As you gathered, I wasn’t that enamoured by my first visit, but eventually came back for a stag do. It ended up being the best meal of the weekend and for a while after that just for the record.
Eagle Rare Old Fashioned? Yes please!
Of course I had to order the ribs again after a 4 year hiatus. Seeing it on the menu meant that it’s stood the test of time like how good things should. They use Old Spot pork this time and it was no less delicious from what I can remember. Slow cooked indulgence is what they are.
The stag went for bone marrow.
This time I got to choose my steak, a 400g rib eye cooked mid-rare £32. It was gorgeously grilled, rested well and required light work to break down. It’s steak that wants you to remember it for all the right reasons, not like before.
The onion rings £4 also wanted to stamp itself firmly into your memory banks as they were cast iron delectable. Possibly the best I’ve had yet. What you get is a thick overcoat that makes its noise heard when you crunch into it before you get to a thick ring of sweet onion. It’s a side worth swooning over and I ate them all!
Beef dripping fries £4.50 were decent but bring me the triple cooked chips next time.
Get some baked sweet potato £4 if you fancy some starchy sugariness.
My most recent visit, but certainly won’t be my last was for their famous breakfast. And yes I’ve had it before!
For the famous breakfast what you get is a skillet full to the brim. There is a smoked bacon chop packed with sweet-salty notes intensified by the charring it gets. The sausages are made with beef, mutton and pork – they’re bonkers good too. For good measure there’s also bone marrow, a huge bone is cross-sectioned so the marrow is exposed. Beneath that there’s well made black pudding, to die for short rib bubble & squeak made from left over roasties, grilled mushrooms and tomatoes. Lubrication comes in a mini skillet of tangy trotter baked beans. I’ve never been so excited about beans. The toast is usually an afterthought, but the sour dough they use is remarkable like the ones artisan bakers make. The fact that it’s unlimited left me wobbly at the knees, I fetishise over bread this good. It was used to dunk into the duck eggs cooked sunny side up – the perfect place between runny and set.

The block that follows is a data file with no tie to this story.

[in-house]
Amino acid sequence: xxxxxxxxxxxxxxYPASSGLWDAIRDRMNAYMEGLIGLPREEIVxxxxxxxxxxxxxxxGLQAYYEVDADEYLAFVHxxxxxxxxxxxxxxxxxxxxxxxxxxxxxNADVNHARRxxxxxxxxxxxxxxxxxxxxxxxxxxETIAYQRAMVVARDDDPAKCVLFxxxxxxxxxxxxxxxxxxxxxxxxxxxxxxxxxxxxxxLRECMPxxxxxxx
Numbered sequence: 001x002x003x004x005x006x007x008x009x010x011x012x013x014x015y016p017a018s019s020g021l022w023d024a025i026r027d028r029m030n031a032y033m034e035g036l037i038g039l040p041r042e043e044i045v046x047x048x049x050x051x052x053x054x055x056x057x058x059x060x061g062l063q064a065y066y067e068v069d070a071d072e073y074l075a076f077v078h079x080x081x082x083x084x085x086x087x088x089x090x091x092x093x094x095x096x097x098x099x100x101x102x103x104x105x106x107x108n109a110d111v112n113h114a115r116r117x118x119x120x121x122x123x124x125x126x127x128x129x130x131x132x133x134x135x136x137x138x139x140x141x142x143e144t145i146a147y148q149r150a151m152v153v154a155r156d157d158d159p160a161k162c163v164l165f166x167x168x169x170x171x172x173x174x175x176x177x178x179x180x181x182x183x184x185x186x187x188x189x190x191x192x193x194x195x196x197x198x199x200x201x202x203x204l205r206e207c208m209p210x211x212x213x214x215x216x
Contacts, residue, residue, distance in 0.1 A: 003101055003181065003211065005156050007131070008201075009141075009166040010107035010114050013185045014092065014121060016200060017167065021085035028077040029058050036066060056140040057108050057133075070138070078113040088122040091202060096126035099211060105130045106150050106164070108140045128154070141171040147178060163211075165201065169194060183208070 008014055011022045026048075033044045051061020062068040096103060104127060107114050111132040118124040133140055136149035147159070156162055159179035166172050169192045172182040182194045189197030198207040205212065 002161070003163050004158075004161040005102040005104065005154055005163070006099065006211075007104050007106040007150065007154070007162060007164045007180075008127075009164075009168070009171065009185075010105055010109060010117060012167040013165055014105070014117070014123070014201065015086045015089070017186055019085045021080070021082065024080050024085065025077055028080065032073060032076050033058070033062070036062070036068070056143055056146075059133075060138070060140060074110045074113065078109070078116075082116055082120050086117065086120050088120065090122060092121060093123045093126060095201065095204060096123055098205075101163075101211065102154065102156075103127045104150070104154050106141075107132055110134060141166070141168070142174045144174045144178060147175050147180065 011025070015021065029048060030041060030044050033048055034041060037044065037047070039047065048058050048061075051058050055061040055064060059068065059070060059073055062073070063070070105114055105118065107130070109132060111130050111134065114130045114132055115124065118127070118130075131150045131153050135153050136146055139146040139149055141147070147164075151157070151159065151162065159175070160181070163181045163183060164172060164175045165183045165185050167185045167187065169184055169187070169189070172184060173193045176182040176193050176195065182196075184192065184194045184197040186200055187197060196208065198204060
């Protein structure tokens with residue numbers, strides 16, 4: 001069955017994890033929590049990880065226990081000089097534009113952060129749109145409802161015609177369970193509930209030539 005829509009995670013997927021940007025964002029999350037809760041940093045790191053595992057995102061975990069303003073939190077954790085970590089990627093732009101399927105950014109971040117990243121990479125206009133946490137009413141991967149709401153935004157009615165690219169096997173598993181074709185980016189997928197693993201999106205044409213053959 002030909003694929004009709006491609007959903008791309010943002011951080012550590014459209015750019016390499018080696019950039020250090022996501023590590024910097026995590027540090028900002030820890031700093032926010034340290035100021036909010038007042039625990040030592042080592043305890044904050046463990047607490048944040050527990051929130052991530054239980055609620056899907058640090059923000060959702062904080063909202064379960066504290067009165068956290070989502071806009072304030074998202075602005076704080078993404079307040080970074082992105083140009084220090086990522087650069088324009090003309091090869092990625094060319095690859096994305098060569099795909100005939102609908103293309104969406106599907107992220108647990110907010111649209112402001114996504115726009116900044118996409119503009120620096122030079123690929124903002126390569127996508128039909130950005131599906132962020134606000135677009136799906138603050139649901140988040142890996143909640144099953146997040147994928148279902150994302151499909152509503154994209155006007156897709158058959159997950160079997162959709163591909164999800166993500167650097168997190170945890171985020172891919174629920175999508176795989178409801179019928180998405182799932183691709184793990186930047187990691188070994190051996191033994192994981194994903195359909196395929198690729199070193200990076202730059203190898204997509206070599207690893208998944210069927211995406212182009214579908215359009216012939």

When did I go? Nov 2014, Jul 2018, Dec 2019
The damage: Expect to pay £60/85 per head with drinks
The good: If you’re going to eat steak on special occasions like me, buy the best you can afford from pampered animals. I think Hawksmoor, a temple of dry aged beef, can do that for you, it definitely did it for me. There is a ripe minerality in the meat, fat that melts and it’s all deeply flavoured. The pork rib starter is slow cooked pork paradise and the onion rings are just something else. And if you fancy possibly London’s best cooked breakfast at the moment then Guildhall will give it to you too.
The bad: If I was in a pugnacious mood, and bad food tends to do that to me, I’d say my first meal here was diabolical, so much so that it put me off coming back for years. Now Hawksmoor is one of the good things in life.
Would I go again? That’s a sage nod from me!
Address: 10 Basinghall St, London EC2V 5BQ